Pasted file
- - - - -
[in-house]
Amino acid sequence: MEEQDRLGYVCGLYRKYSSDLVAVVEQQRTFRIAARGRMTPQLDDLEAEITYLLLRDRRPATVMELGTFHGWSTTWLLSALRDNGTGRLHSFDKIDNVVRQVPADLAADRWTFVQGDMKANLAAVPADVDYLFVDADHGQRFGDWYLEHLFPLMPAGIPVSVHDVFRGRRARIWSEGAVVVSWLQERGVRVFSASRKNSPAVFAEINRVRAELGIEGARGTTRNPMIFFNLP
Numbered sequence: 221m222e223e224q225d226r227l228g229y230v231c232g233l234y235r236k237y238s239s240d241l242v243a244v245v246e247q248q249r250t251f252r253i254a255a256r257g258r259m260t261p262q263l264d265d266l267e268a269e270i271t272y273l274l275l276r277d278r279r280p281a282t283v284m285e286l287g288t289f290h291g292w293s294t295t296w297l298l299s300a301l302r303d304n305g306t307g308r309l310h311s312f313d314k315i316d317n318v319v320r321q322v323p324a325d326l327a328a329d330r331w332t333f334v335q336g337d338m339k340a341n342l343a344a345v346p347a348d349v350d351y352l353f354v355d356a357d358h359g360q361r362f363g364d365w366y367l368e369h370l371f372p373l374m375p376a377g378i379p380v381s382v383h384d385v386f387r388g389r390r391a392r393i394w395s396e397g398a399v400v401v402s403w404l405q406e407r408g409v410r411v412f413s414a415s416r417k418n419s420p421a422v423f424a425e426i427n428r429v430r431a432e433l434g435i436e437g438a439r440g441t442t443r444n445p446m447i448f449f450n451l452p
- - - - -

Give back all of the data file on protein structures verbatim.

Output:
[in-house]
Amino acid sequence: MEEQDRLGYVCGLYRKYSSDLVAVVEQQRTFRIAARGRMTPQLDDLEAEITYLLLRDRRPATVMELGTFHGWSTTWLLSALRDNGTGRLHSFDKIDNVVRQVPADLAADRWTFVQGDMKANLAAVPADVDYLFVDADHGQRFGDWYLEHLFPLMPAGIPVSVHDVFRGRRARIWSEGAVVVSWLQERGVRVFSASRKNSPAVFAEINRVRAELGIEGARGTTRNPMIFFNLP
Numbered sequence: 221m222e223e224q225d226r227l228g229y230v231c232g233l234y235r236k237y238s239s240d241l242v243a244v245v246e247q248q249r250t251f252r253i254a255a256r257g258r259m260t261p262q263l264d265d266l267e268a269e270i271t272y273l274l275l276r277d278r279r280p281a282t283v284m285e286l287g288t289f290h291g292w293s294t295t296w297l298l299s300a301l302r303d304n305g306t307g308r309l310h311s312f313d314k315i316d317n318v319v320r321q322v323p324a325d326l327a328a329d330r331w332t333f334v335q336g337d338m339k340a341n342l343a344a345v346p347a348d349v350d351y352l353f354v355d356a357d358h359g360q361r362f363g364d365w366y367l368e369h370l371f372p373l374m375p376a377g378i379p380v381s382v383h384d385v386f387r388g389r390r391a392r393i394w395s396e397g398a399v400v401v402s403w404l405q406e407r408g409v410r411v412f413s414a415s416r417k418n419s420p421a422v423f424a425e426i427n428r429v430r431a432e433l434g435i436e437g438a439r440g441t442t443r444n445p446m447i448f449f450n451l452p